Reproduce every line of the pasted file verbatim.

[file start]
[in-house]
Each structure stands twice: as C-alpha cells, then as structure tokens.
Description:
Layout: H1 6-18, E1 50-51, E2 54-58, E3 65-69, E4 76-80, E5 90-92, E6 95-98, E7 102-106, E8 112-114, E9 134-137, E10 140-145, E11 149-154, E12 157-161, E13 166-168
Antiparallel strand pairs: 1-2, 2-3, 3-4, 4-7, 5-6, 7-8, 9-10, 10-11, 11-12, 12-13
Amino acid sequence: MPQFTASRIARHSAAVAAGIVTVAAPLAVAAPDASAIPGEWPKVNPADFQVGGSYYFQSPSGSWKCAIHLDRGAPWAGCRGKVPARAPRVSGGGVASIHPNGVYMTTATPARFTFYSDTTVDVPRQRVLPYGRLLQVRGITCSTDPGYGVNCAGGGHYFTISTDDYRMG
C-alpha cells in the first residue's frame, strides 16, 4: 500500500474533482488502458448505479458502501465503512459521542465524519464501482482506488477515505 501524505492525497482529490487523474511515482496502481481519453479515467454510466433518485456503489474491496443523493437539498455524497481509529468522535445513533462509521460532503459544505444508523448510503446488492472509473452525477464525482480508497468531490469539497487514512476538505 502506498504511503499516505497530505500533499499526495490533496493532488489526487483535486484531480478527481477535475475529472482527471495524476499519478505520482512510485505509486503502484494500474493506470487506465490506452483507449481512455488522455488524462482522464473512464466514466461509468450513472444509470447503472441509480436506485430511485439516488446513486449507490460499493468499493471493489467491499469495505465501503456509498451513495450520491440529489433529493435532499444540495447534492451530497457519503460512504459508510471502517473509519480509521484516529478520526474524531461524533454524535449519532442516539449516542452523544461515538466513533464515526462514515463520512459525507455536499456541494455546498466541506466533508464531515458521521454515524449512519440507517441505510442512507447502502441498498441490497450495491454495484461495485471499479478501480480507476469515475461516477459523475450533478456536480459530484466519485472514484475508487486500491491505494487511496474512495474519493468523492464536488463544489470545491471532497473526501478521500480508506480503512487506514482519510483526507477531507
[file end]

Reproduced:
[in-house]
Each structure stands twice: as C-alpha cells, then as structure tokens.
Description:
Layout: H1 6-18, E1 50-51, E2 54-58, E3 65-69, E4 76-80, E5 90-92, E6 95-98, E7 102-106, E8 112-114, E9 134-137, E10 140-145, E11 149-154, E12 157-161, E13 166-168
Antiparallel strand pairs: 1-2, 2-3, 3-4, 4-7, 5-6, 7-8, 9-10, 10-11, 11-12, 12-13
Amino acid sequence: MPQFTASRIARHSAAVAAGIVTVAAPLAVAAPDASAIPGEWPKVNPADFQVGGSYYFQSPSGSWKCAIHLDRGAPWAGCRGKVPARAPRVSGGGVASIHPNGVYMTTATPARFTFYSDTTVDVPRQRVLPYGRLLQVRGITCSTDPGYGVNCAGGGHYFTISTDDYRMG
C-alpha cells in the first residue's frame, strides 16, 4: 500500500474533482488502458448505479458502501465503512459521542465524519464501482482506488477515505 501524505492525497482529490487523474511515482496502481481519453479515467454510466433518485456503489474491496443523493437539498455524497481509529468522535445513533462509521460532503459544505444508523448510503446488492472509473452525477464525482480508497468531490469539497487514512476538505 502506498504511503499516505497530505500533499499526495490533496493532488489526487483535486484531480478527481477535475475529472482527471495524476499519478505520482512510485505509486503502484494500474493506470487506465490506452483507449481512455488522455488524462482522464473512464466514466461509468450513472444509470447503472441509480436506485430511485439516488446513486449507490460499493468499493471493489467491499469495505465501503456509498451513495450520491440529489433529493435532499444540495447534492451530497457519503460512504459508510471502517473509519480509521484516529478520526474524531461524533454524535449519532442516539449516542452523544461515538466513533464515526462514515463520512459525507455536499456541494455546498466541506466533508464531515458521521454515524449512519440507517441505510442512507447502502441498498441490497450495491454495484461495485471499479478501480480507476469515475461516477459523475450533478456536480459530484466519485472514484475508487486500491491505494487511496474512495474519493468523492464536488463544489470545491471532497473526501478521500480508506480503512487506514482519510483526507477531507